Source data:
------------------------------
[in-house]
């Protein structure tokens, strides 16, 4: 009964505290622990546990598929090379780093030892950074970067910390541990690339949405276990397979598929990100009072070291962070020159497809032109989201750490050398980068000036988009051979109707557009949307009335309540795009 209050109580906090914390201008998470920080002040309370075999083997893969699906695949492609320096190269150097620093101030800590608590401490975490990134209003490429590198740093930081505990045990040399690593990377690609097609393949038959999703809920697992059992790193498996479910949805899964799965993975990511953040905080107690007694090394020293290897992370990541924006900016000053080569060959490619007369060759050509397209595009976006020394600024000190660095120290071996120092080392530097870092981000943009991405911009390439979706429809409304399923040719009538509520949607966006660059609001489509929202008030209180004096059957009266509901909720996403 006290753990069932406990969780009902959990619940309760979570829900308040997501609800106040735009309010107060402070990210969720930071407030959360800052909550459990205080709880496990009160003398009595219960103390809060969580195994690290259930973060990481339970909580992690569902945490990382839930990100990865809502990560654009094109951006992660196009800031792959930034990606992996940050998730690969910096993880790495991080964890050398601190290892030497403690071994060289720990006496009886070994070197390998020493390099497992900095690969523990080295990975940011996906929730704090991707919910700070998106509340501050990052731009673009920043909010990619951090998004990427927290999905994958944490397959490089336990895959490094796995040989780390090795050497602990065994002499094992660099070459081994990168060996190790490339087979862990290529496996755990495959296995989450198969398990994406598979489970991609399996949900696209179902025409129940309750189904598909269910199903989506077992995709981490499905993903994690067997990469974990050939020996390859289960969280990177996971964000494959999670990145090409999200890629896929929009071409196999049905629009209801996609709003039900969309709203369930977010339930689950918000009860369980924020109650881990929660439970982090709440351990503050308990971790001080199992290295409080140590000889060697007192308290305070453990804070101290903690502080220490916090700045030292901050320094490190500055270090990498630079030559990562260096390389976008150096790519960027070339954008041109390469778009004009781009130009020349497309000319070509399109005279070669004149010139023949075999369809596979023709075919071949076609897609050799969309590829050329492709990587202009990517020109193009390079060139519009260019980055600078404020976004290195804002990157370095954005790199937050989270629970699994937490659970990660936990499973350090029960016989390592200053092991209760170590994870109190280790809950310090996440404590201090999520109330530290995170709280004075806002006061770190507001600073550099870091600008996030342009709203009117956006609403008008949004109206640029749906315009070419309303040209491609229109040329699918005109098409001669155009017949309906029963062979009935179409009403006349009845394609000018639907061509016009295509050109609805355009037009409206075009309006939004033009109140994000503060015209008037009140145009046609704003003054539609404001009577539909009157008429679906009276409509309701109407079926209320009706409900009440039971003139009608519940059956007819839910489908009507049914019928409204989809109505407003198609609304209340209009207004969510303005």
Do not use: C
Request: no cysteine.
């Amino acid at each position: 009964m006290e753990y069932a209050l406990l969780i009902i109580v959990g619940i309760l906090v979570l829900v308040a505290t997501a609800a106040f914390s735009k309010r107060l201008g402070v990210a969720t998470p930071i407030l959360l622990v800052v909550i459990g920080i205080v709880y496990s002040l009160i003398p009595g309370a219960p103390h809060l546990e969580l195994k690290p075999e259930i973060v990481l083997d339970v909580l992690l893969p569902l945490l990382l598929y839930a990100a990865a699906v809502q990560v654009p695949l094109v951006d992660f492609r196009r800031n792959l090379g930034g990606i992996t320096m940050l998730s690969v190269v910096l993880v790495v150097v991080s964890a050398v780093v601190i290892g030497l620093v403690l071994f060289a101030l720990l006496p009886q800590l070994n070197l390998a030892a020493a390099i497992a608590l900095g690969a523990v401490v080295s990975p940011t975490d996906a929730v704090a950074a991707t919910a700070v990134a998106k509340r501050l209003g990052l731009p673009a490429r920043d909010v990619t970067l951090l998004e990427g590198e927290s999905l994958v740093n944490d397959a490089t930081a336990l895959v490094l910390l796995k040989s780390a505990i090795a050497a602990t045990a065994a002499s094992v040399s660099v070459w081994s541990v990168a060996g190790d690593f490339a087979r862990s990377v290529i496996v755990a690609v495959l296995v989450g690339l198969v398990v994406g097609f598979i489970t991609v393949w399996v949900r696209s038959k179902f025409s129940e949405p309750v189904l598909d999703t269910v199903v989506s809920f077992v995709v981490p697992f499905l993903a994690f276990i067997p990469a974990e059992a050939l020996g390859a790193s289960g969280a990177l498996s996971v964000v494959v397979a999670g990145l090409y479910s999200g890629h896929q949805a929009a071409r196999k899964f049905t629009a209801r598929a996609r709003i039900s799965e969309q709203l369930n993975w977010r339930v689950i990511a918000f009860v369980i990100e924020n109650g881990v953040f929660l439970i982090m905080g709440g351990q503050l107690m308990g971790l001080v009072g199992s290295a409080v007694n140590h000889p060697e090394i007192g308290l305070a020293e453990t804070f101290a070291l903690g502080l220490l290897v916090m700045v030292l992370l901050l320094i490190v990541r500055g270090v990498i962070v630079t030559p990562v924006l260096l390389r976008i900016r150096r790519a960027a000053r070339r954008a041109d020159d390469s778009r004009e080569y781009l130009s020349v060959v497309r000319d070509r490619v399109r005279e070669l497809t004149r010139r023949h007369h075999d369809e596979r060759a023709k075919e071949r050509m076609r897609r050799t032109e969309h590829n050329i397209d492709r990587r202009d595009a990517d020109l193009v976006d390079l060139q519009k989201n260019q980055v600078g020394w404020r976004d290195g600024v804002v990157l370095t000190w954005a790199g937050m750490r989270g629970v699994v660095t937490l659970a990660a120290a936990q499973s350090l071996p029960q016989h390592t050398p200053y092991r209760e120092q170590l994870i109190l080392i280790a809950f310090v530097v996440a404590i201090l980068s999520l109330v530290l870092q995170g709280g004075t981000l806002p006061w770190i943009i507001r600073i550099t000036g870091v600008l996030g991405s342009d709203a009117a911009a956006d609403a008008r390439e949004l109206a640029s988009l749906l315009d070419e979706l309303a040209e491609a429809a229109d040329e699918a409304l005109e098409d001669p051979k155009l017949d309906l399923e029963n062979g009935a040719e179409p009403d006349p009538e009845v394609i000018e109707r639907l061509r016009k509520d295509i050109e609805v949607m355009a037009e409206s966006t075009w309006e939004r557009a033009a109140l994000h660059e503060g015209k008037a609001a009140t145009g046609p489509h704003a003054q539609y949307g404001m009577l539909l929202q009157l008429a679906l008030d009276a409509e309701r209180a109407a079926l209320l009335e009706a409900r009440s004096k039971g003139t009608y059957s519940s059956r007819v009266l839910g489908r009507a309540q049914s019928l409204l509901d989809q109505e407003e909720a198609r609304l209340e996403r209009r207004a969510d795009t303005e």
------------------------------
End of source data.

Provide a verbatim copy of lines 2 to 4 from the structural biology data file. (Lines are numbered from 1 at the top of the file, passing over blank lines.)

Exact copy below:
């Protein structure tokens, strides 16, 4: 009964505290622990546990598929090379780093030892950074970067910390541990690339949405276990397979598929990100009072070291962070020159497809032109989201750490050398980068000036988009051979109707557009949307009335309540795009 209050109580906090914390201008998470920080002040309370075999083997893969699906695949492609320096190269150097620093101030800590608590401490975490990134209003490429590198740093930081505990045990040399690593990377690609097609393949038959999703809920697992059992790193498996479910949805899964799965993975990511953040905080107690007694090394020293290897992370990541924006900016000053080569060959490619007369060759050509397209595009976006020394600024000190660095120290071996120092080392530097870092981000943009991405911009390439979706429809409304399923040719009538509520949607966006660059609001489509929202008030209180004096059957009266509901909720996403 006290753990069932406990969780009902959990619940309760979570829900308040997501609800106040735009309010107060402070990210969720930071407030959360800052909550459990205080709880496990009160003398009595219960103390809060969580195994690290259930973060990481339970909580992690569902945490990382839930990100990865809502990560654009094109951006992660196009800031792959930034990606992996940050998730690969910096993880790495991080964890050398601190290892030497403690071994060289720990006496009886070994070197390998020493390099497992900095690969523990080295990975940011996906929730704090991707919910700070998106509340501050990052731009673009920043909010990619951090998004990427927290999905994958944490397959490089336990895959490094796995040989780390090795050497602990065994002499094992660099070459081994990168060996190790490339087979862990290529496996755990495959296995989450198969398990994406598979489970991609399996949900696209179902025409129940309750189904598909269910199903989506077992995709981490499905993903994690067997990469974990050939020996390859289960969280990177996971964000494959999670990145090409999200890629896929929009071409196999049905629009209801996609709003039900969309709203369930977010339930689950918000009860369980924020109650881990929660439970982090709440351990503050308990971790001080199992290295409080140590000889060697007192308290305070453990804070101290903690502080220490916090700045030292901050320094490190500055270090990498630079030559990562260096390389976008150096790519960027070339954008041109390469778009004009781009130009020349497309000319070509399109005279070669004149010139023949075999369809596979023709075919071949076609897609050799969309590829050329492709990587202009990517020109193009390079060139519009260019980055600078404020976004290195804002990157370095954005790199937050989270629970699994937490659970990660936990499973350090029960016989390592200053092991209760170590994870109190280790809950310090996440404590201090999520109330530290995170709280004075806002006061770190507001600073550099870091600008996030342009709203009117956006609403008008949004109206640029749906315009070419309303040209491609229109040329699918005109098409001669155009017949309906029963062979009935179409009403006349009845394609000018639907061509016009295509050109609805355009037009409206075009309006939004033009109140994000503060015209008037009140145009046609704003003054539609404001009577539909009157008429679906009276409509309701109407079926209320009706409900009440039971003139009608519940059956007819839910489908009507049914019928409204989809109505407003198609609304209340209009207004969510303005």
Do not use: C
Request: no cysteine.